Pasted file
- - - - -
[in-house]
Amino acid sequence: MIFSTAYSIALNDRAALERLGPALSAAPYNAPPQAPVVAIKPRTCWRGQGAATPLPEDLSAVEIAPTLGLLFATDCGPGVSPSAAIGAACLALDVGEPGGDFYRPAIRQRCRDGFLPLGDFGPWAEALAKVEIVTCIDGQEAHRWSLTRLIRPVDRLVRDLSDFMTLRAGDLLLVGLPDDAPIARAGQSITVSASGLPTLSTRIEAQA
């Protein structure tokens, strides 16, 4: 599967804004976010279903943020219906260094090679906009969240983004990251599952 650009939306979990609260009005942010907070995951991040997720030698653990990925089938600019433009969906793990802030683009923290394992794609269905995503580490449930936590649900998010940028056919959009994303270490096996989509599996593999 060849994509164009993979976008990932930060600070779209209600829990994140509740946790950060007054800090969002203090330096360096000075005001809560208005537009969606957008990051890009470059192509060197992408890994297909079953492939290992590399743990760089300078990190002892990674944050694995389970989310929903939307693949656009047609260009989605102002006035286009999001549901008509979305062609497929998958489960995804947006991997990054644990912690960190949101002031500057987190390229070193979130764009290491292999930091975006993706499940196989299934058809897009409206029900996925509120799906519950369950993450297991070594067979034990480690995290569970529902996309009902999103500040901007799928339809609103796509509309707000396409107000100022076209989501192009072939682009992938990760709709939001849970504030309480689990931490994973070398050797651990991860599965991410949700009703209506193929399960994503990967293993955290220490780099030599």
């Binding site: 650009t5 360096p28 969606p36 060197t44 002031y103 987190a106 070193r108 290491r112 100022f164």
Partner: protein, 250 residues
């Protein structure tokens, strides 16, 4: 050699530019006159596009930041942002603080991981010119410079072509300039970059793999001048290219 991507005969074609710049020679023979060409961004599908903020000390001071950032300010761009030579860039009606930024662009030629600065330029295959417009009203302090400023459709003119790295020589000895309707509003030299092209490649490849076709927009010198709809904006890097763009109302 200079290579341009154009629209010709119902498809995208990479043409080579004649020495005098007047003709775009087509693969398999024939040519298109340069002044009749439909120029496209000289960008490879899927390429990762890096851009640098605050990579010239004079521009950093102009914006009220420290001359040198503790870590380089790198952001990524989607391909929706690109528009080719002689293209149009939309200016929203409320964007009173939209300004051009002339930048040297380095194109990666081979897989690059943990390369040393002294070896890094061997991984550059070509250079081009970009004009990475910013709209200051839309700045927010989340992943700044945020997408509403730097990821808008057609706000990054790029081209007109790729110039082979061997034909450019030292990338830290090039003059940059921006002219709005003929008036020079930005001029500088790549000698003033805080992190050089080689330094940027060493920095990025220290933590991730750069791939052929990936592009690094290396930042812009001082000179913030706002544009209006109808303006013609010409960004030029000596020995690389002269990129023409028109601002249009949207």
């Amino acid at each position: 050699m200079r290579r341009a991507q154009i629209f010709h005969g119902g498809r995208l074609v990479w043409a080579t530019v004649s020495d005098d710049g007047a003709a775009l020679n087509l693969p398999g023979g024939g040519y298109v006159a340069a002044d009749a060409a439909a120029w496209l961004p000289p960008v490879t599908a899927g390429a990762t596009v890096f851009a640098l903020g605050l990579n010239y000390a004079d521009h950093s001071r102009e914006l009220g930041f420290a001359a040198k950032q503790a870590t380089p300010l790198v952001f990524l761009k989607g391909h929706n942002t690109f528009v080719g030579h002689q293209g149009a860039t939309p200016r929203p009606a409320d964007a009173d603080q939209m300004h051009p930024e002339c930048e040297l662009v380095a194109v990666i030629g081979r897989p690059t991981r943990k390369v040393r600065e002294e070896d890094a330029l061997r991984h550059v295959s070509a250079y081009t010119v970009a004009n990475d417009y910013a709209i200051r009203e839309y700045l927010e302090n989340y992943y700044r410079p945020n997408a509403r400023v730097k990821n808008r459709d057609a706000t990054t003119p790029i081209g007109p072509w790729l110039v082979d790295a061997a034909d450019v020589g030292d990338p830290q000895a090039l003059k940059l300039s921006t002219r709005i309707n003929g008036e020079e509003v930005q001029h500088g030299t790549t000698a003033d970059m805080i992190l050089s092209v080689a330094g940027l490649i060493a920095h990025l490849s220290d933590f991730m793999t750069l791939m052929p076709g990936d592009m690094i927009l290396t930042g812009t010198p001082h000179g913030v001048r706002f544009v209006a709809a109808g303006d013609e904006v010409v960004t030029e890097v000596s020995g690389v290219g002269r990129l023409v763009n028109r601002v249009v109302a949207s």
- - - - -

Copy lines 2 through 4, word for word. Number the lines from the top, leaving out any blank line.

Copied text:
Amino acid sequence: MIFSTAYSIALNDRAALERLGPALSAAPYNAPPQAPVVAIKPRTCWRGQGAATPLPEDLSAVEIAPTLGLLFATDCGPGVSPSAAIGAACLALDVGEPGGDFYRPAIRQRCRDGFLPLGDFGPWAEALAKVEIVTCIDGQEAHRWSLTRLIRPVDRLVRDLSDFMTLRAGDLLLVGLPDDAPIARAGQSITVSASGLPTLSTRIEAQA
């Protein structure tokens, strides 16, 4: 599967804004976010279903943020219906260094090679906009969240983004990251599952 650009939306979990609260009005942010907070995951991040997720030698653990990925089938600019433009969906793990802030683009923290394992794609269905995503580490449930936590649900998010940028056919959009994303270490096996989509599996593999 060849994509164009993979976008990932930060600070779209209600829990994140509740946790950060007054800090969002203090330096360096000075005001809560208005537009969606957008990051890009470059192509060197992408890994297909079953492939290992590399743990760089300078990190002892990674944050694995389970989310929903939307693949656009047609260009989605102002006035286009999001549901008509979305062609497929998958489960995804947006991997990054644990912690960190949101002031500057987190390229070193979130764009290491292999930091975006993706499940196989299934058809897009409206029900996925509120799906519950369950993450297991070594067979034990480690995290569970529902996309009902999103500040901007799928339809609103796509509309707000396409107000100022076209989501192009072939682009992938990760709709939001849970504030309480689990931490994973070398050797651990991860599965991410949700009703209506193929399960994503990967293993955290220490780099030599």
């Binding site: 650009t5 360096p28 969606p36 060197t44 002031y103 987190a106 070193r108 290491r112 100022f164």